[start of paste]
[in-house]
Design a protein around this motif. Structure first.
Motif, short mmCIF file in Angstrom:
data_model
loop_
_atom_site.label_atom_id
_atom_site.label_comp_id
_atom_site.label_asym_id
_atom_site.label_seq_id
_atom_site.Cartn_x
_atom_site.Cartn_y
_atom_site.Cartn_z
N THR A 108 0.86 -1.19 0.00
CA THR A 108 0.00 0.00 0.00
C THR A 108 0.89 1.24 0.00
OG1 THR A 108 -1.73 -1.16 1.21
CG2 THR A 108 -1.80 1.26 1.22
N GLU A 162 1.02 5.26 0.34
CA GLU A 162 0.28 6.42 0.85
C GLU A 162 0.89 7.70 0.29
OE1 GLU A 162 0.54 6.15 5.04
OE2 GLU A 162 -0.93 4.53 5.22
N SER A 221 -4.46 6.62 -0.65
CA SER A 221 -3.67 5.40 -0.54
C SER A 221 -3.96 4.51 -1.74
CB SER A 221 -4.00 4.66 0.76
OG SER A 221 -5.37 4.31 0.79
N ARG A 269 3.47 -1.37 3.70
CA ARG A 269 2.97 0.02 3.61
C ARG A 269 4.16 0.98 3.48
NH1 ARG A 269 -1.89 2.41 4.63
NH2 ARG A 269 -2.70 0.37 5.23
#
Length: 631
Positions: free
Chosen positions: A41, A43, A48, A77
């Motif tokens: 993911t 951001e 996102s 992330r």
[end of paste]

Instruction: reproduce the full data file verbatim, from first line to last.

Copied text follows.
[in-house]
Design a protein around this motif. Structure first.
Motif, short mmCIF file in Angstrom:
data_model
loop_
_atom_site.label_atom_id
_atom_site.label_comp_id
_atom_site.label_asym_id
_atom_site.label_seq_id
_atom_site.Cartn_x
_atom_site.Cartn_y
_atom_site.Cartn_z
N THR A 108 0.86 -1.19 0.00
CA THR A 108 0.00 0.00 0.00
C THR A 108 0.89 1.24 0.00
OG1 THR A 108 -1.73 -1.16 1.21
CG2 THR A 108 -1.80 1.26 1.22
N GLU A 162 1.02 5.26 0.34
CA GLU A 162 0.28 6.42 0.85
C GLU A 162 0.89 7.70 0.29
OE1 GLU A 162 0.54 6.15 5.04
OE2 GLU A 162 -0.93 4.53 5.22
N SER A 221 -4.46 6.62 -0.65
CA SER A 221 -3.67 5.40 -0.54
C SER A 221 -3.96 4.51 -1.74
CB SER A 221 -4.00 4.66 0.76
OG SER A 221 -5.37 4.31 0.79
N ARG A 269 3.47 -1.37 3.70
CA ARG A 269 2.97 0.02 3.61
C ARG A 269 4.16 0.98 3.48
NH1 ARG A 269 -1.89 2.41 4.63
NH2 ARG A 269 -2.70 0.37 5.23
#
Length: 631
Positions: free
Chosen positions: A41, A43, A48, A77
């Motif tokens: 993911t 951001e 996102s 992330r």